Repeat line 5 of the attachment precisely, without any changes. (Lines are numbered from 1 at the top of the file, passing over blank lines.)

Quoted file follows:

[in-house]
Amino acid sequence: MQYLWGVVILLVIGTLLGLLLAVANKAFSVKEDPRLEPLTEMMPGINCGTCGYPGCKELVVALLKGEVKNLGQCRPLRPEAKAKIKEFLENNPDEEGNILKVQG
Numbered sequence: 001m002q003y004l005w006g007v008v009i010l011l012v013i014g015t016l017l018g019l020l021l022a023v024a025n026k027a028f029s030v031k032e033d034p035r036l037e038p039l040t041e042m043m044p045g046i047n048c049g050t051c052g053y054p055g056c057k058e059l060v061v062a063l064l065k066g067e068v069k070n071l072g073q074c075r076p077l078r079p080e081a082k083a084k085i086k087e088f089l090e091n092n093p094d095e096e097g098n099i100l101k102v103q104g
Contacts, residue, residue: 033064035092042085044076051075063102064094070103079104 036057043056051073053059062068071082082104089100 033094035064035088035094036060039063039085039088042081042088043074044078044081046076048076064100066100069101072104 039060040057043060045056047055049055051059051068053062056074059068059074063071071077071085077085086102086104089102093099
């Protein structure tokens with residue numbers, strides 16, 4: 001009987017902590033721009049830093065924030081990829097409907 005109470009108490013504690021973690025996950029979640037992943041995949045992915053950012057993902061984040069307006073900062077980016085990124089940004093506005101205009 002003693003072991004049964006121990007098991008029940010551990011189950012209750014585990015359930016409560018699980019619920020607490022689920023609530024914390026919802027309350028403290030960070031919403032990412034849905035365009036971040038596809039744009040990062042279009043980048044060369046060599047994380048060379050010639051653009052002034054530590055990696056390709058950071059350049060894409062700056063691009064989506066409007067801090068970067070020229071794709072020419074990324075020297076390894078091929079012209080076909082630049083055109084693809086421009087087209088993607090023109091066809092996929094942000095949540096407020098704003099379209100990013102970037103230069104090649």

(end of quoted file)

């Protein structure tokens with residue numbers, strides 16, 4: 001009987017902590033721009049830093065924030081990829097409907 005109470009108490013504690021973690025996950029979640037992943041995949045992915053950012057993902061984040069307006073900062077980016085990124089940004093506005101205009 002003693003072991004049964006121990007098991008029940010551990011189950012209750014585990015359930016409560018699980019619920020607490022689920023609530024914390026919802027309350028403290030960070031919403032990412034849905035365009036971040038596809039744009040990062042279009043980048044060369046060599047994380048060379050010639051653009052002034054530590055990696056390709058950071059350049060894409062700056063691009064989506066409007067801090068970067070020229071794709072020419074990324075020297076390894078091929079012209080076909082630049083055109084693809086421009087087209088993607090023109091066809092996929094942000095949540096407020098704003099379209100990013102970037103230069104090649």